What are your thoughts on the Christmas buildup? How do you temper expectations, if indeed you do?

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Comments
  • comment avatar Terra December 19, 2008

    Oh the letdown, we all get even if we get all the gifts in the world. My 3 year old said something profound last night when she was having an AWFUL time going to bed and I told her I worried that Santa was watching she said “I don’t need presents, we can just wrap what I already have and I will open those” Believe it or not the gifts aren’t that important even at 3. IT is the love of family and the memories that we create I suppose. I loved your post, thanks for sharing!

  • comment avatar Catherine December 19, 2008

    You are hilarious!!

    My kids seem to get IT way more than I did at that age. They asked for a trip south to visit extended family. So, basically, all they want for Christmas is to be surrounded by cousins and warm sunshine.

    And guess what??! I’m gonna let them down…. we can’t go until New Year’s, dang it.

    Seriously, though, I think it’s hard to not be let down on Christmas Day as a child. The collective build up is just so HUGE.

    http://onthebanksoftheriogrande.blogspot.com

  • comment avatar Amber Johnson December 19, 2008

    You crack me up! I’ve learned that parents set the expectations, not the kids. And I’ve tried to make the presents just a part of a much grander celebration with lots of great food, togetherness and games. So far, it has worked. For me at least. 🙂

    As for my childhood, Christmas has always been huge. But I honestly couldn’t tell you even one gift I received besides that Grease 8-track!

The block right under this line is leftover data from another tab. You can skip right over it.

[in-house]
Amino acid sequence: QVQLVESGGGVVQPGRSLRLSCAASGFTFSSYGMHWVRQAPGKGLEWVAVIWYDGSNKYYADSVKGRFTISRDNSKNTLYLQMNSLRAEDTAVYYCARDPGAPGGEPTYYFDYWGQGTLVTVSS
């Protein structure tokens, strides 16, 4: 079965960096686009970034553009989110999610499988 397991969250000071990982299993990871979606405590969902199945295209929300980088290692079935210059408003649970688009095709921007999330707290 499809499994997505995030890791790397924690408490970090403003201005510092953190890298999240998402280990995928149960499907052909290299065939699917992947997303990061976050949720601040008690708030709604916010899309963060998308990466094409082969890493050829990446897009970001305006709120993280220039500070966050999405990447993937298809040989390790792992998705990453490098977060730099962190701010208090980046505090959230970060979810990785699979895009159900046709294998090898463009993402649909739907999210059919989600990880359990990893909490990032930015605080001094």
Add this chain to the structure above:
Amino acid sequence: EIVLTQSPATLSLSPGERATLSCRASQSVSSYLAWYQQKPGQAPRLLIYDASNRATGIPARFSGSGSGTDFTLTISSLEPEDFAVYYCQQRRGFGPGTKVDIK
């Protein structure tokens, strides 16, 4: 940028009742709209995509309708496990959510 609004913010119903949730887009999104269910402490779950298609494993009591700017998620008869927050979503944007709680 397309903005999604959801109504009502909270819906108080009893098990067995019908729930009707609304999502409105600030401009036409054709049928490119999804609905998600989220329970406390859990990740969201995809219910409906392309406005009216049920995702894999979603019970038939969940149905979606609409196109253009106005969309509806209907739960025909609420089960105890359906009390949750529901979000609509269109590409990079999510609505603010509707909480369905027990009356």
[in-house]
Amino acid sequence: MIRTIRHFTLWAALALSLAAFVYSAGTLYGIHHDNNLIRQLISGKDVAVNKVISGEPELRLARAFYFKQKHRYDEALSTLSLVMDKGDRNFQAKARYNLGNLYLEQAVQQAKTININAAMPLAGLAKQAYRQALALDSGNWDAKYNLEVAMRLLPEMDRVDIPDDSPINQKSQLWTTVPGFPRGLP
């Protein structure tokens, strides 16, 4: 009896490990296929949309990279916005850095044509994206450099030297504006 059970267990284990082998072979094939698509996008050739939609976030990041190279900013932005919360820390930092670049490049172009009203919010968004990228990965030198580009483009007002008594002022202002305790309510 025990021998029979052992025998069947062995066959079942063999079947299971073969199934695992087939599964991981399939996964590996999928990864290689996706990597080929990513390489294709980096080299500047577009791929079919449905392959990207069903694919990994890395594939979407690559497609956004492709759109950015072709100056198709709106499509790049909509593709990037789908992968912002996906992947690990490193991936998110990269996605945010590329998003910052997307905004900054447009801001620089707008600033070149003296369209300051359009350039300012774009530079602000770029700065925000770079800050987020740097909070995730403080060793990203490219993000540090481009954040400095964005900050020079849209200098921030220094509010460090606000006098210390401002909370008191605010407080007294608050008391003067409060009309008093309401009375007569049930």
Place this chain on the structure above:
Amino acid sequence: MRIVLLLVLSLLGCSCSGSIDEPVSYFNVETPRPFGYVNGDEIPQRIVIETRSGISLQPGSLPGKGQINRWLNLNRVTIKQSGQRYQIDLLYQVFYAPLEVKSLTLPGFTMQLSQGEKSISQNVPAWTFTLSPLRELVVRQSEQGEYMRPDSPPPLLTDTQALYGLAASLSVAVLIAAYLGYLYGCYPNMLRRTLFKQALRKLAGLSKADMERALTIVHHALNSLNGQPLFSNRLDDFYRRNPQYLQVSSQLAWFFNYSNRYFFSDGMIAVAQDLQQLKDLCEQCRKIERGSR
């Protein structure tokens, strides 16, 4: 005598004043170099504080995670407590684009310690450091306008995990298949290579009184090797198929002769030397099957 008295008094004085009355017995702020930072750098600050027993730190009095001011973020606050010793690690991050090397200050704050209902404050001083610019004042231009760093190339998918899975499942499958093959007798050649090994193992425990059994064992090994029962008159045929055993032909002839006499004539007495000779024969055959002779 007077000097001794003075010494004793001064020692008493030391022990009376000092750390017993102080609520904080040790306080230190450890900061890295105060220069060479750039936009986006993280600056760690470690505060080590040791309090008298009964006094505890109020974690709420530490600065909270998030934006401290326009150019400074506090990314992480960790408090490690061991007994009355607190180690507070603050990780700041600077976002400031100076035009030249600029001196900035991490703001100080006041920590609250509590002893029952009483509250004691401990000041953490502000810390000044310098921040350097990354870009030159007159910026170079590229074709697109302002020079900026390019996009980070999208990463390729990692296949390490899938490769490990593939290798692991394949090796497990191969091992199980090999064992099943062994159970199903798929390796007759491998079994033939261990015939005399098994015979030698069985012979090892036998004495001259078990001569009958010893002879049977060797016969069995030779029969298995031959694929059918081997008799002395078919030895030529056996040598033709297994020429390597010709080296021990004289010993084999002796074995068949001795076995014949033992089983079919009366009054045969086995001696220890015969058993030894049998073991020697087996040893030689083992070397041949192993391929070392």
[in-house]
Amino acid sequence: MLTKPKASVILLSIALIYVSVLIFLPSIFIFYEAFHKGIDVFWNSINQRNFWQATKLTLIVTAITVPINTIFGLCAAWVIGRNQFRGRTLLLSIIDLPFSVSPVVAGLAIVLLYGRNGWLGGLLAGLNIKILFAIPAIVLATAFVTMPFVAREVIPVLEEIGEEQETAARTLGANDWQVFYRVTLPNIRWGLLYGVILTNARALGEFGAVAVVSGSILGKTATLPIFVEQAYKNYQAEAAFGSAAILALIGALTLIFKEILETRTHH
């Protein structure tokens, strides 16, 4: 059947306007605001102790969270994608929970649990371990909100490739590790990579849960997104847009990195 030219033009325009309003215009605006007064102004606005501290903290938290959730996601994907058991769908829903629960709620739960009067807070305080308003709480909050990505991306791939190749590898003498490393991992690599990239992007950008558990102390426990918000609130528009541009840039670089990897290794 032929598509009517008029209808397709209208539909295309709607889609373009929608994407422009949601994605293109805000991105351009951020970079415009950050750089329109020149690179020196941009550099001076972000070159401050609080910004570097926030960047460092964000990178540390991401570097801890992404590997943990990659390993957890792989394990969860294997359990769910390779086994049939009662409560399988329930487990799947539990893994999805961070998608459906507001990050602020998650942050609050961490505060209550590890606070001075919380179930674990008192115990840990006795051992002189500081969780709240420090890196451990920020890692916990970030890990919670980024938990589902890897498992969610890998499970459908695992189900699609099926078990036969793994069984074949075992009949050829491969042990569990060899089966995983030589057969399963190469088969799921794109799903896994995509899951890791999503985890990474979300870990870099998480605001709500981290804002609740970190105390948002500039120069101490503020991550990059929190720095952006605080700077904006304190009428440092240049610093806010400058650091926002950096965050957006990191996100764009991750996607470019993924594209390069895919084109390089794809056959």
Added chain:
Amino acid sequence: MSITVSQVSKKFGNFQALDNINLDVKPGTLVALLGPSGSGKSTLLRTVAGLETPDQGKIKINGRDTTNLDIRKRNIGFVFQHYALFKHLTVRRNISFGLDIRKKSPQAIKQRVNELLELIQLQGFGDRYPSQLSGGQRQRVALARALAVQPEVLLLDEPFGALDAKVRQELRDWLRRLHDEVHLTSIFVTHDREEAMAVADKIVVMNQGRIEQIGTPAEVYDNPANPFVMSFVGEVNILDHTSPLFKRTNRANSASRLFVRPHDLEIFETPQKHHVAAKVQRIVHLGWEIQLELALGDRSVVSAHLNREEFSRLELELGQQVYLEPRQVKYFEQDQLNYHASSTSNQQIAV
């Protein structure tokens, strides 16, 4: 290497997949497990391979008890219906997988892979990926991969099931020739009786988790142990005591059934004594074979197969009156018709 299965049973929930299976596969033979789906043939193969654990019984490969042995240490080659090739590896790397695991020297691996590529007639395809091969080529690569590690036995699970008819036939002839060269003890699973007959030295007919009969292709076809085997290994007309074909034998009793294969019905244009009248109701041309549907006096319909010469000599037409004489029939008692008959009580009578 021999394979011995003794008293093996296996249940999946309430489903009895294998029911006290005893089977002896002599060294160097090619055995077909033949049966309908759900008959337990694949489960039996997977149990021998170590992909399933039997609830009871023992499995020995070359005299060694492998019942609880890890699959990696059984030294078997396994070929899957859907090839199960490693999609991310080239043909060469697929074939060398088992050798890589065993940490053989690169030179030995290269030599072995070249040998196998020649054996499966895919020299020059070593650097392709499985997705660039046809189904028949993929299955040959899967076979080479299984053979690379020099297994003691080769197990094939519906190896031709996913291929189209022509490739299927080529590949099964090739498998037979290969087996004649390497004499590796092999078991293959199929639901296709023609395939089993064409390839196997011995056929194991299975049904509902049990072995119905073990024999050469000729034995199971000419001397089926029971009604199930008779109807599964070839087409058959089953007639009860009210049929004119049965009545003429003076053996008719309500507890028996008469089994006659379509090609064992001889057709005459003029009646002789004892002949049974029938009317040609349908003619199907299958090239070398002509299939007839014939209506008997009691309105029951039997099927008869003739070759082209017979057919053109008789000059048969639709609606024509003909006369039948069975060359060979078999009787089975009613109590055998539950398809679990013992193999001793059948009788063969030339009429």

• comment avatar Lori December 19, 2008

    Terra: your 3yo is very wise. Do we do a disservice to kids by hyping that innocence out of them?

    Catherine: thanks for validating my feelings from so long ago. As I wrote this, I was pretty sure I was the only one who felt the Let Down.

    Amber: Now THAT was be a gift that would make Christmas complete! It’s The Word, you know.

  • comment avatar Momma, The Casual Perfectionist December 20, 2008

    Wait a minute!? Underwear and socks are not manufactured by elves!? Say it ain’t so, Lori! Say it ain’t so! 😉

    On a more serious note (or is it lighter?), this year, Claire really wanted a Christmas Tree for Christmas. After we put that up, she said she wanted a Dorbie Ball (or something like that). She asked Santa for it, and I think one of her Uncles may be fulfilling that wish.

    She’s three, so she’s pretty easy to please at this stage. 🙂

    Momma
    http://thecasualperfectionist.com

  • comment avatar Bonnie January 8, 2009

    I can relate completely! I feel that every year and this year my 10 yr old son was kind of subdued thru the holiday even though he got pretty much everything he asked for. He kept saying “it just didn’t feel like Christmas” I know all that build up just led to a let down. I decided to try looking at what we have to be thankful for and at dinner we have all been saying 3 things we are thankful for. Believe it or not it really seems to lift everyones spirits..